To obliterate the traces of war, trees were planted all over. That is why Wrocław soon came to be dubbed a green city. For a large part, the greenery was a German legacy, impressive in comparison with the rest of Poland even though Wrocław had fallen short of other German cities in terms of green spaces. Patches of green tended to be laid down completely at random in very odd places… A house was destroyed in the war, so we sweep up quickly, plant trees, sow grass around, and a small public garden is ready. Besides, parks were set up where cemeteries had been before. This is also a way of covering traces with plants. And only people who go strolling there find a tomb shrine or a piece of a cross buried under the leaves. There’re places with just one tombstone remaining, for example a weeping angel, and this is the only sign that the area used to be a graveyard; nothing else around implies it any more.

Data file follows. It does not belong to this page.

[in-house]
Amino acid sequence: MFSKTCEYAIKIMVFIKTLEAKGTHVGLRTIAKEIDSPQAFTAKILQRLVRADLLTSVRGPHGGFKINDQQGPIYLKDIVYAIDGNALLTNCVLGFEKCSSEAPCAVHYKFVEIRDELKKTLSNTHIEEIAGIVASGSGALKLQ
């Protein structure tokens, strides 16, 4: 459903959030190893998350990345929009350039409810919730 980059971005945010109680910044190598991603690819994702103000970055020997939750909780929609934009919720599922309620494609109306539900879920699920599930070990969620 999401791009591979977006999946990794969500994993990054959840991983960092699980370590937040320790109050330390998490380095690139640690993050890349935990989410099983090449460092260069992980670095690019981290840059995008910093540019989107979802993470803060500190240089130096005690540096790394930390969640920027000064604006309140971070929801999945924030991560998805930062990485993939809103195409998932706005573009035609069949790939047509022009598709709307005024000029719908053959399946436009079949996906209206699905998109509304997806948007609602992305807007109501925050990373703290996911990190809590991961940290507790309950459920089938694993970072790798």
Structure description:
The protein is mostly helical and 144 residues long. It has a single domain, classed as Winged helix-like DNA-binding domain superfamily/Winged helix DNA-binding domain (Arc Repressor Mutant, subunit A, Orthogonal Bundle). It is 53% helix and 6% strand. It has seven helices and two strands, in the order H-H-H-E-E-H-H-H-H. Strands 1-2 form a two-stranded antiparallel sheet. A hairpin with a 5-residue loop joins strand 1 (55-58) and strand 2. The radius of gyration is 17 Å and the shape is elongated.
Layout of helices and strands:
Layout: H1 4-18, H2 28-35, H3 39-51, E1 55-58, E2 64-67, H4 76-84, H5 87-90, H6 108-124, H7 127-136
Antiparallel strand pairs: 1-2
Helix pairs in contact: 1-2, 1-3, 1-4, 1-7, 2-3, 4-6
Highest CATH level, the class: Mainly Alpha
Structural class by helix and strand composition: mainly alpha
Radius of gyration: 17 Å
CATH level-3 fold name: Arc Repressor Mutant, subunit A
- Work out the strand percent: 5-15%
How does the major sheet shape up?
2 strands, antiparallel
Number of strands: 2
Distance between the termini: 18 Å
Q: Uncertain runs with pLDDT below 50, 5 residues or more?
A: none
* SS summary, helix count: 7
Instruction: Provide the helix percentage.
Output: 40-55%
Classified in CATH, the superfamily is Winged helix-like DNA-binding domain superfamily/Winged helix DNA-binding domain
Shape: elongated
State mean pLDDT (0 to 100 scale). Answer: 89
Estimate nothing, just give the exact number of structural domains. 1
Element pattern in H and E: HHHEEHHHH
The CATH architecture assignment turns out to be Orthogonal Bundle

I have a small garden with old apple trees. I call them “post-German apple trees.” They are good for nothing now, but they are post-German and I must not touch them. And what if they are, perhaps, not post-German at all? I’ve no idea, but they look old.